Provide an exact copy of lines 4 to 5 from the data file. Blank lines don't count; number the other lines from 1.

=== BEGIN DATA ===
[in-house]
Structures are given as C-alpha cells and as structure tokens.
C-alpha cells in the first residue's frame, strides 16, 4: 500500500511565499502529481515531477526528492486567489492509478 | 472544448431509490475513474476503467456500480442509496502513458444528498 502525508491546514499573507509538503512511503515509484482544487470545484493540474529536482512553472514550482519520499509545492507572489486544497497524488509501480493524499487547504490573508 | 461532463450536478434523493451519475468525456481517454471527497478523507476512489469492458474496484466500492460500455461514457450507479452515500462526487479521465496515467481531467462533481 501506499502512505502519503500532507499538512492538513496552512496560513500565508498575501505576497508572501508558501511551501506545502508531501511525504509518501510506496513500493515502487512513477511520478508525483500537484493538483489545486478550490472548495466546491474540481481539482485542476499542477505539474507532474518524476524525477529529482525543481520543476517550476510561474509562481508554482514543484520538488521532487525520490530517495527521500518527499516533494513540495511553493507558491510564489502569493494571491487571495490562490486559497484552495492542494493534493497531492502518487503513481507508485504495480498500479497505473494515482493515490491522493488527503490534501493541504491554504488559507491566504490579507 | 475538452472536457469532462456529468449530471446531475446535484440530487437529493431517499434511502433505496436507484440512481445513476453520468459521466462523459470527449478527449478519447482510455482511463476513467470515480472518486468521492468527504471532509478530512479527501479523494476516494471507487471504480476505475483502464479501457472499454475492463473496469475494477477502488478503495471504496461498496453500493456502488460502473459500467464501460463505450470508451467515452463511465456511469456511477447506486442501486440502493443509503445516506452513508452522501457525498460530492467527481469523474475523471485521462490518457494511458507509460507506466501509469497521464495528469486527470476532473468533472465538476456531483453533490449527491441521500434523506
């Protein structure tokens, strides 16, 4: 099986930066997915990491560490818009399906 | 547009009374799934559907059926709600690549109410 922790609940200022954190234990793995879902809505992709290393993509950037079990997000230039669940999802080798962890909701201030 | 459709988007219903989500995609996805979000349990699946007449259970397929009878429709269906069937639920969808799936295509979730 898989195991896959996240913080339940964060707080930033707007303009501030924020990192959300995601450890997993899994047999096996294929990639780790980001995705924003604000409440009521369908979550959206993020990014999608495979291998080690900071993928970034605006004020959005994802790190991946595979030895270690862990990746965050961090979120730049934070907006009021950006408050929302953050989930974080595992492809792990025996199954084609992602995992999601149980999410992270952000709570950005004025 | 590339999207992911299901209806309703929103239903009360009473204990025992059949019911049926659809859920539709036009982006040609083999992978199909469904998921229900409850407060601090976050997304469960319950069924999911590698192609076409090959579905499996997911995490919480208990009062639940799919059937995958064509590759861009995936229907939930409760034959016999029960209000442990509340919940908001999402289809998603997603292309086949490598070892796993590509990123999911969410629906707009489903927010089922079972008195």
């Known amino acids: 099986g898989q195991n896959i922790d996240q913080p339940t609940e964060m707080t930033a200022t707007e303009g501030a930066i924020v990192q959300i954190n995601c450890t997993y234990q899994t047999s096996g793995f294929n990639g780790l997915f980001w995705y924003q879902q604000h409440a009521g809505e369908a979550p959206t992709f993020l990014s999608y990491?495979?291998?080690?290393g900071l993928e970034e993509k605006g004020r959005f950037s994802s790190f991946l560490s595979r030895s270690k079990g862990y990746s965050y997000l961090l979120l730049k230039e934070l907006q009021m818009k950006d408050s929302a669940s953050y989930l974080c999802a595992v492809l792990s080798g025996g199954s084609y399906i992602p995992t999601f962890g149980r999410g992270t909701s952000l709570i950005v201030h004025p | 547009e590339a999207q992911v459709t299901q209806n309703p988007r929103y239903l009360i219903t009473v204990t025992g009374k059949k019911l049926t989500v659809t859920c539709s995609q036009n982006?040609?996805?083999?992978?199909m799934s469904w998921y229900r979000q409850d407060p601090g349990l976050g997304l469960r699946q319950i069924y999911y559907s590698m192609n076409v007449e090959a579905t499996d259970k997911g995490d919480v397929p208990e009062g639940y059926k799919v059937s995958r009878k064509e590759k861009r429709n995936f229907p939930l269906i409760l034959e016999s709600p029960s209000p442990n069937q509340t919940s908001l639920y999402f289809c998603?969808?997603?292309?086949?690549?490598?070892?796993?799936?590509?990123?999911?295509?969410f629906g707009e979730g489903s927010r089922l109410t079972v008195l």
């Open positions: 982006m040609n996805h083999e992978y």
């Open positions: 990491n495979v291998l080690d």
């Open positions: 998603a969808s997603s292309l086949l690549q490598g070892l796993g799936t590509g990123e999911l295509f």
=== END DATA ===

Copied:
């Protein structure tokens, strides 16, 4: 099986930066997915990491560490818009399906 | 547009009374799934559907059926709600690549109410 922790609940200022954190234990793995879902809505992709290393993509950037079990997000230039669940999802080798962890909701201030 | 459709988007219903989500995609996805979000349990699946007449259970397929009878429709269906069937639920969808799936295509979730 898989195991896959996240913080339940964060707080930033707007303009501030924020990192959300995601450890997993899994047999096996294929990639780790980001995705924003604000409440009521369908979550959206993020990014999608495979291998080690900071993928970034605006004020959005994802790190991946595979030895270690862990990746965050961090979120730049934070907006009021950006408050929302953050989930974080595992492809792990025996199954084609992602995992999601149980999410992270952000709570950005004025 | 590339999207992911299901209806309703929103239903009360009473204990025992059949019911049926659809859920539709036009982006040609083999992978199909469904998921229900409850407060601090976050997304469960319950069924999911590698192609076409090959579905499996997911995490919480208990009062639940799919059937995958064509590759861009995936229907939930409760034959016999029960209000442990509340919940908001999402289809998603997603292309086949490598070892796993590509990123999911969410629906707009489903927010089922079972008195």
């Known amino acids: 099986g898989q195991n896959i922790d996240q913080p339940t609940e964060m707080t930033a200022t707007e303009g501030a930066i924020v990192q959300i954190n995601c450890t997993y234990q899994t047999s096996g793995f294929n990639g780790l997915f980001w995705y924003q879902q604000h409440a009521g809505e369908a979550p959206t992709f993020l990014s999608y990491?495979?291998?080690?290393g900071l993928e970034e993509k605006g004020r959005f950037s994802s790190f991946l560490s595979r030895s270690k079990g862990y990746s965050y997000l961090l979120l730049k230039e934070l907006q009021m818009k950006d408050s929302a669940s953050y989930l974080c999802a595992v492809l792990s080798g025996g199954s084609y399906i992602p995992t999601f962890g149980r999410g992270t909701s952000l709570i950005v201030h004025p | 547009e590339a999207q992911v459709t299901q209806n309703p988007r929103y239903l009360i219903t009473v204990t025992g009374k059949k019911l049926t989500v659809t859920c539709s995609q036009n982006?040609?996805?083999?992978?199909m799934s469904w998921y229900r979000q409850d407060p601090g349990l976050g997304l469960r699946q319950i069924y999911y559907s590698m192609n076409v007449e090959a579905t499996d259970k997911g995490d919480v397929p208990e009062g639940y059926k799919v059937s995958r009878k064509e590759k861009r429709n995936f229907p939930l269906i409760l034959e016999s709600p029960s209000p442990n069937q509340t919940s908001l639920y999402f289809c998603?969808?997603?292309?086949?690549?490598?070892?796993?799936?590509?990123?999911?295509?969410f629906g707009e979730g489903s927010r089922l109410t079972v008195l």